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Trump appears to question May's Brexit plan on eve of visit

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US President Donald Trump said Thursday he was not sure Britons voted for the Brexit plan presented by Prime Minister Theresa May, which triggered a British Cabinet rebellion.

[BRUSSELS]  US President Donald Trump said Thursday he was not sure Britons voted for the Brexit plan presented by Prime Minister Theresa May, which triggered a British Cabinet rebellion.

Mr Trump also shrugged off mass protests planned in Britain against his visit starting later Thursday and called the country "a pretty hot spot" over the Cabinet resignations.

"The people voted to break it up (Britain's ties with the EU)," Mr Trump told a press conference following a heated summit with NATO leaders.

"So I would imagine that's what they will do, but maybe they will take a little bit of a different route. I don't know (if) that is what they voted for."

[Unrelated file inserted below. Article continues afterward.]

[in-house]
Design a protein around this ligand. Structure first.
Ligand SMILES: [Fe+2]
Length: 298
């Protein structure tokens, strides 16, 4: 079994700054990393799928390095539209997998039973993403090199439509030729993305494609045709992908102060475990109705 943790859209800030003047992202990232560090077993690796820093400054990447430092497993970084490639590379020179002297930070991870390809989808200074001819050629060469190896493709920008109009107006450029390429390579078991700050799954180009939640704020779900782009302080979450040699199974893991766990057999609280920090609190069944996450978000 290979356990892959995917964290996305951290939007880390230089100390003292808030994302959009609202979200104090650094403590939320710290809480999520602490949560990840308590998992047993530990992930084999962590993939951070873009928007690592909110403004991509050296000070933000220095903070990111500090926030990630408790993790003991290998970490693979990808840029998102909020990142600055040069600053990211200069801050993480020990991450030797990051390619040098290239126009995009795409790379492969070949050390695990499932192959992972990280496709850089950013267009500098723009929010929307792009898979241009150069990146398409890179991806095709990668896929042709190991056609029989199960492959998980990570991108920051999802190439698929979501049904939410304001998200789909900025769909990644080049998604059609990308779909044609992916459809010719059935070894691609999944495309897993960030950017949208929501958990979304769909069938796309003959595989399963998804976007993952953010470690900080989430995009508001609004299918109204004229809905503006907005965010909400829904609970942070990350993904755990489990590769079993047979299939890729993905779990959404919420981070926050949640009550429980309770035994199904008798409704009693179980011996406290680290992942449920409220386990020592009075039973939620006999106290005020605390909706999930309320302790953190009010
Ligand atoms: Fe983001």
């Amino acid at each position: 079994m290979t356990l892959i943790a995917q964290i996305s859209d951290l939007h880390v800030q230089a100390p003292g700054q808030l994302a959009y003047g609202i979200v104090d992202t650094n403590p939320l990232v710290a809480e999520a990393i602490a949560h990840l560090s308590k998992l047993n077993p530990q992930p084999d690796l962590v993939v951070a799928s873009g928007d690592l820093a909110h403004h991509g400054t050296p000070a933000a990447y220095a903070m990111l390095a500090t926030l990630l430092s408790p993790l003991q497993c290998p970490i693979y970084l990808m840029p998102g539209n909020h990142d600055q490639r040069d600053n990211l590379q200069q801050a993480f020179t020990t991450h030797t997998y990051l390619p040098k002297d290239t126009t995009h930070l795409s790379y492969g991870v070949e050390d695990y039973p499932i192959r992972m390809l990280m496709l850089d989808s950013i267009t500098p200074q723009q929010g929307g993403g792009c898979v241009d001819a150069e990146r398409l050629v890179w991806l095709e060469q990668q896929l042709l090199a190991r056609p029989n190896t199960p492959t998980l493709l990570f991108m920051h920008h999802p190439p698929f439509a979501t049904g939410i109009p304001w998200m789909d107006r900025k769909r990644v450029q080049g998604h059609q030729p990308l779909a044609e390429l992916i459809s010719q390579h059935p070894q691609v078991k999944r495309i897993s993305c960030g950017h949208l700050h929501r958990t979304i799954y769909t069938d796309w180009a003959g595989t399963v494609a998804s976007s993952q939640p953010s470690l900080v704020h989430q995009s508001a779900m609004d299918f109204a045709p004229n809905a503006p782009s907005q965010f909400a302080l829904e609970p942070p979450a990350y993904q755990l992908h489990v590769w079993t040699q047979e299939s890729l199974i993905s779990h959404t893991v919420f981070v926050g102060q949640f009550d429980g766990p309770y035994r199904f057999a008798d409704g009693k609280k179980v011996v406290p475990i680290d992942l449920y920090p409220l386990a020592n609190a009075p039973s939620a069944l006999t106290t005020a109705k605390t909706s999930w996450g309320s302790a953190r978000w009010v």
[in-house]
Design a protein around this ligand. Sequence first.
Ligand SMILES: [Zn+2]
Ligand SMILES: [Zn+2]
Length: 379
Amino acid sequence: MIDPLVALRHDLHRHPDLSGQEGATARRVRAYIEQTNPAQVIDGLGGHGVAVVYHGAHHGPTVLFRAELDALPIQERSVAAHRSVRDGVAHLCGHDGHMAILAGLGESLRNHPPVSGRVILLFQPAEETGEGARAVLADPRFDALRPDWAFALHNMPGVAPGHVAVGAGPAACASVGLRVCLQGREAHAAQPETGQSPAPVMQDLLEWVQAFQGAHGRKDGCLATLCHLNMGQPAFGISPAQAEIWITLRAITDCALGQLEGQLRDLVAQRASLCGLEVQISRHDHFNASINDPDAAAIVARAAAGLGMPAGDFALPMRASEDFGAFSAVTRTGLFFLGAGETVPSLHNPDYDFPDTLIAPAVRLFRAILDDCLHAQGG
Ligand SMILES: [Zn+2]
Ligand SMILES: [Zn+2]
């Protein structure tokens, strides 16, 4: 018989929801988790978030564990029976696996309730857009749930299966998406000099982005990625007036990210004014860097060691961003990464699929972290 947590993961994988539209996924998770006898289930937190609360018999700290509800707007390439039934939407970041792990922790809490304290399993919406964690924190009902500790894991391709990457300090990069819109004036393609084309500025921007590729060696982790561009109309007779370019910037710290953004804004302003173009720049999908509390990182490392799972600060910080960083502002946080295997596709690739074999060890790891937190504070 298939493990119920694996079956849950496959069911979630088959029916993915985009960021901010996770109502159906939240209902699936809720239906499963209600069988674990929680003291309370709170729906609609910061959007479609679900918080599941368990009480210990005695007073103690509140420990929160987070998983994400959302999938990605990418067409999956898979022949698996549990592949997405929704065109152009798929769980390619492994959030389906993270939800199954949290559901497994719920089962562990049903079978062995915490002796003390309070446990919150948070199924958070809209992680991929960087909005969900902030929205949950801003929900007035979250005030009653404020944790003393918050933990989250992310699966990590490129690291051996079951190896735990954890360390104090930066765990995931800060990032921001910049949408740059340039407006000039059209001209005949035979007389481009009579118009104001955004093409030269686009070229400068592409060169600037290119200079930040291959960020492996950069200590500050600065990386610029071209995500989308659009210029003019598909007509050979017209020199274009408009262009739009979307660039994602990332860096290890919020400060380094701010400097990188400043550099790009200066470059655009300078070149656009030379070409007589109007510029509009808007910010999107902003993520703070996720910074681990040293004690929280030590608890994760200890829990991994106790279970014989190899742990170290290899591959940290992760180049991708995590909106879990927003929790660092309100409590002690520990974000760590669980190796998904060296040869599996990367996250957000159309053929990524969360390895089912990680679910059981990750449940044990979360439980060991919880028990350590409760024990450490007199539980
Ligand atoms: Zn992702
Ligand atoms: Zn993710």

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Mrs May published later Thursday a long-awaited Brexit blueprint to restart talks with the EU, after facing down a revolt by eurosceptic ministers that could still unseat her.

At the Nato summit, Mrs May told reporters her plan "was delivering on the vote of the British people."

The plan, published Thursday, foresees an overall "association agreement" with the EU encompassing different deals on different areas.

Britain and the EU would maintain a "common rulebook" for goods to ensure smooth trade including in agricultural, food and fisheries products.

In eliminating tariffs, quotas and rules of origin requirements, it would protect supply chains that criss-cross the EU and just-in-time processes vital to, for example, the automotive industry.

It would also avoid border checks between British Northern Ireland and EU member Ireland.

The plan has caused outrage among eurosceptic members of Mrs May's Conservative Party, and foreign minister Boris Johnson joined Brexit minister David Davis in dramatically quitting this week in protest.

Mr Trump put the spotlight on Mrs May's own political problems as he dismissed the planned protests against him.

"They like me a lot in the UK. I think they agree with me on immigration," he said.

"I think that's why Brexit happened," he said, noting that Britain was "a pretty hot spot right now with a lot of resignations".

AFP

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